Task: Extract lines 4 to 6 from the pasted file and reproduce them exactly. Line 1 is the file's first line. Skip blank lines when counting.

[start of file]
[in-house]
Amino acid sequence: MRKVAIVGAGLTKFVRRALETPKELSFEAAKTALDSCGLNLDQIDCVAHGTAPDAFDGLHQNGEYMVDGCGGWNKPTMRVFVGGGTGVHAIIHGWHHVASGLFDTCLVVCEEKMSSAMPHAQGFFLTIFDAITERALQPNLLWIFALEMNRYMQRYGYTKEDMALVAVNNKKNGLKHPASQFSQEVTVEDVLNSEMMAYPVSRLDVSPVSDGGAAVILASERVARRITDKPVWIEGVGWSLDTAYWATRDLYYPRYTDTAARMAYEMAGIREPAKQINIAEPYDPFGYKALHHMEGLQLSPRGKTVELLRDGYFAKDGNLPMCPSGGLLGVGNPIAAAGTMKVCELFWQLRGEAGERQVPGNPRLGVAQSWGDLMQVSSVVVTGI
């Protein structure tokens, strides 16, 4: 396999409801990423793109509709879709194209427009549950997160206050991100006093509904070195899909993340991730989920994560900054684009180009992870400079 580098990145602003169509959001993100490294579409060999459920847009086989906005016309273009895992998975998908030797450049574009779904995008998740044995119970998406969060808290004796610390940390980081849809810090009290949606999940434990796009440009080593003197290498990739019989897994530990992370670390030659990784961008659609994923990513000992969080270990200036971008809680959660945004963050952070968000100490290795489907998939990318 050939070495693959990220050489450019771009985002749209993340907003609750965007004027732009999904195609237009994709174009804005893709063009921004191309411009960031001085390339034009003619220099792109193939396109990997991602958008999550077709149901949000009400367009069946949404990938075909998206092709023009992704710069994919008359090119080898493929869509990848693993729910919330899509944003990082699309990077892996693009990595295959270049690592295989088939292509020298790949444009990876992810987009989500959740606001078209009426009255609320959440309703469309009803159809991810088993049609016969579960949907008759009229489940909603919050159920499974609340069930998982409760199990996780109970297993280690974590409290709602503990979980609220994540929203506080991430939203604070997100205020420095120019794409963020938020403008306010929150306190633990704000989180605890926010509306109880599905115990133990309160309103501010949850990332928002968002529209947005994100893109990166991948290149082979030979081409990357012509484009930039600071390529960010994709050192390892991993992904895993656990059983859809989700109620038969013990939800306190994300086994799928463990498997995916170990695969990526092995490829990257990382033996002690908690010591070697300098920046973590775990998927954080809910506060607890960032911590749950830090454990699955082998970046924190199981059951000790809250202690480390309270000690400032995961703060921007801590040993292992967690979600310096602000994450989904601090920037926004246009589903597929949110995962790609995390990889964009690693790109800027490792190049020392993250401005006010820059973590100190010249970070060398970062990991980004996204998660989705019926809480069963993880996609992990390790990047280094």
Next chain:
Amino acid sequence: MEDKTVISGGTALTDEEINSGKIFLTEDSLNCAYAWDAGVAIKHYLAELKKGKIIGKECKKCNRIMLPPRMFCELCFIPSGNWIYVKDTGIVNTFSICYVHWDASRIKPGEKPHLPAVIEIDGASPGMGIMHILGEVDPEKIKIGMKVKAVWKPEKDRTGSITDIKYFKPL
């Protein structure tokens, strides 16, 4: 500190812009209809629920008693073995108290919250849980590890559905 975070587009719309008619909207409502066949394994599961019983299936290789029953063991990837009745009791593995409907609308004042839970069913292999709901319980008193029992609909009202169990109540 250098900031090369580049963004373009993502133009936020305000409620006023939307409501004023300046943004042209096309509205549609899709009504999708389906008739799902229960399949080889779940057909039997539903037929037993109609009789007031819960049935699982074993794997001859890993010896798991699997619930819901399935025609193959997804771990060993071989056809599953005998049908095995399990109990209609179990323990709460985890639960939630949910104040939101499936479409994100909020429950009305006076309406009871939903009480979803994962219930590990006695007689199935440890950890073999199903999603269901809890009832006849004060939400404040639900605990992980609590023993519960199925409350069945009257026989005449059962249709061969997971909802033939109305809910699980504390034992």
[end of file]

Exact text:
Next chain:
Amino acid sequence: MEDKTVISGGTALTDEEINSGKIFLTEDSLNCAYAWDAGVAIKHYLAELKKGKIIGKECKKCNRIMLPPRMFCELCFIPSGNWIYVKDTGIVNTFSICYVHWDASRIKPGEKPHLPAVIEIDGASPGMGIMHILGEVDPEKIKIGMKVKAVWKPEKDRTGSITDIKYFKPL
């Protein structure tokens, strides 16, 4: 500190812009209809629920008693073995108290919250849980590890559905 975070587009719309008619909207409502066949394994599961019983299936290789029953063991990837009745009791593995409907609308004042839970069913292999709901319980008193029992609909009202169990109540 250098900031090369580049963004373009993502133009936020305000409620006023939307409501004023300046943004042209096309509205549609899709009504999708389906008739799902229960399949080889779940057909039997539903037929037993109609009789007031819960049935699982074993794997001859890993010896798991699997619930819901399935025609193959997804771990060993071989056809599953005998049908095995399990109990209609179990323990709460985890639960939630949910104040939101499936479409994100909020429950009305006076309406009871939903009480979803994962219930590990006695007689199935440890950890073999199903999603269901809890009832006849004060939400404040639900605990992980609590023993519960199925409350069945009257026989005449059962249709061969997971909802033939109305809910699980504390034992």